Afterwards, three of Talleyrand’s agents approached the American commissioners. They suggested an immediate payment of about 240,000 dollars to Talleyrand, as well as guaranteed loans of 10 million dollars to the French Directory. This was to be a bribe!
“It is no, no, not a sixpence,” Commissioner Pinckney erupted in rage. After six weeks of further waiting, the commissioners announced their departure and demanded their passports.
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The XYZ Affair
President Adams sent a summary of the fruitless negotiations to Congress, but he deliberately left out the most inflammatory parts. When Adams was sure that the commissioners were safely out of France, he revealed the whole story—naming Talleyrand’s agents as only X, Y and Z—in a closed-door session of Congress.
Three days later, Adams released the full dispatches concerning what became known as the ‘XYZ Affair’ to the Federalist newspapers, and the public uproar was awesome. Adams, for the first time in his life, was hailed in song. Pinckney’s defiant words were re-published as even more defiant slogan, “Millions for defense, but not one cent for tribute”.
The Quasi War with France
Congress abrogated all treaties with France, dating all the way back to the French Alliance during the Revolution. In July, Congress authorized the seizure of any French ships that appeared to endanger American commerce, and authorized a national direct tax on property to raise two million dollars for bulking up the army and the navy.
Now, an undeclared naval war, referred to as the Quasi War, broke out on the high seas. Nearly 80 French ships were gobbled up by the American Navy. The frigate Constellation fought and captured the French frigate L’Insurgent, and beat another one, the Vengeance, into a helpless hulk.
Meanwhile, an additional army of 12 regiments of infantry and six troops of dragoons were authorized, and Washington was given command of them as Lieutenant General.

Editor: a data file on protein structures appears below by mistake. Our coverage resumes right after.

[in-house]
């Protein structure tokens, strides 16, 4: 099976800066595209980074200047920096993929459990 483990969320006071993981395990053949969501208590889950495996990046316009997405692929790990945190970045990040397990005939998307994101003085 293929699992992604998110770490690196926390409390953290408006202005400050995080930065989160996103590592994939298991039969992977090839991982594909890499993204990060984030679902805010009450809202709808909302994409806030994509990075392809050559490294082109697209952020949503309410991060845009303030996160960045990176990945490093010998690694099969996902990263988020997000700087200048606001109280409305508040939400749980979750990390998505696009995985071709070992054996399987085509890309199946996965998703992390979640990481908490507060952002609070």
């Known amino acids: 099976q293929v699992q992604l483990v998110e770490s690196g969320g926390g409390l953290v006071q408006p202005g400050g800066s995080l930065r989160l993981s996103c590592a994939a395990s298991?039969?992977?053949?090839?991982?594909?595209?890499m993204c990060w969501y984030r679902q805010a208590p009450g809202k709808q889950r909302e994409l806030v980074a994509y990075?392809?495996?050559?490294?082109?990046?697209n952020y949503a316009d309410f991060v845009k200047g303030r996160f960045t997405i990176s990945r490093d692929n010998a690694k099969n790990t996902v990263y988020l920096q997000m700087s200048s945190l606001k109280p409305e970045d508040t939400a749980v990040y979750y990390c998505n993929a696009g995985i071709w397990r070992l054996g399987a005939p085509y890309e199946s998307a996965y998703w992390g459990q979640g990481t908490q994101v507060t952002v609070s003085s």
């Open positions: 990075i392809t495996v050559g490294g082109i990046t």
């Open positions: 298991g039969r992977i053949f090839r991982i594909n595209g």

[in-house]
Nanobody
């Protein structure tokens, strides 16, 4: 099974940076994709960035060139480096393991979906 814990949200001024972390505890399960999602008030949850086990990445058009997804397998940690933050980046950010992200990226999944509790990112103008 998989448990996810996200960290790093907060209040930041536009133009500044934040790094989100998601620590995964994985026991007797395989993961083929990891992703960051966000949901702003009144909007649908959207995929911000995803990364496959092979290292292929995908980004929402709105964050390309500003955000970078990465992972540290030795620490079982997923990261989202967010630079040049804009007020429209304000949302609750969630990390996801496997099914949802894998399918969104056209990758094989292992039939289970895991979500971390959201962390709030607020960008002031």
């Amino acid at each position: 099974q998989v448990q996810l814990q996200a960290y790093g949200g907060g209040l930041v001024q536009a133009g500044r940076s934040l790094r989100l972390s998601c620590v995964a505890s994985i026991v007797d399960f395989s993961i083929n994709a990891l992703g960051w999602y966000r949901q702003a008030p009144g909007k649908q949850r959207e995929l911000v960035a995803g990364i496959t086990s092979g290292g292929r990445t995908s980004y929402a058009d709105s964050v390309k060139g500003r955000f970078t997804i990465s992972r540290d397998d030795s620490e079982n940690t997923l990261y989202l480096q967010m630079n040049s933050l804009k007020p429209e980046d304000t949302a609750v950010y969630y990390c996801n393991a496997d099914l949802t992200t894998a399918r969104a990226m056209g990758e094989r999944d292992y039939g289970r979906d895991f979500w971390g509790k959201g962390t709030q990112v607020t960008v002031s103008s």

Federalist Highs and Republican Woes
While this war fever was sending Federalist loyalty and enthusiasm to all-time highs, it sent the reputation of Jefferson’s Republicans into near fatal arrest.
Republicans were now attacked as French sympathizers, as ‘Jacobeans’, after the title of the most dreaded and radical revolutionaries of the Reign of Terror. They were denounced as Democrats, ‘mobocrats’, and all other kinds of rats.
Thus, Adams began his tenure as President on a positive note, belying the lukewarm support he had during his election.
Common Questions about John Adams Versus the French Directory
Alexander Hamilton could not spare time from his legal career, and without any other real alternative available, John Adams, the then Vice President was selected as the Federalist candidate.
The United States had to sign the Jay Treaty with Britain to protect its trade. The French saw this as a betrayal and began to attack American shipping. They hoped that this would force the United States to resume trade with France.
The American commission to France was met by agents of the French Foreign Minister, Charles Maurice de Talleyrand. The commissioners were told that the only way they could secure a treaty would be to pay about 240,000 dollars to Talleyrand, as well as guarantee loans of 10 million dollars to the French Directory. The commissioners refused to pay and returned.
The Quasi-War was an undeclared naval war that broke out between the United States and France. In this war, American ships attacked French ships in the Caribbean to avenge the perceived insult of the demanded bribe.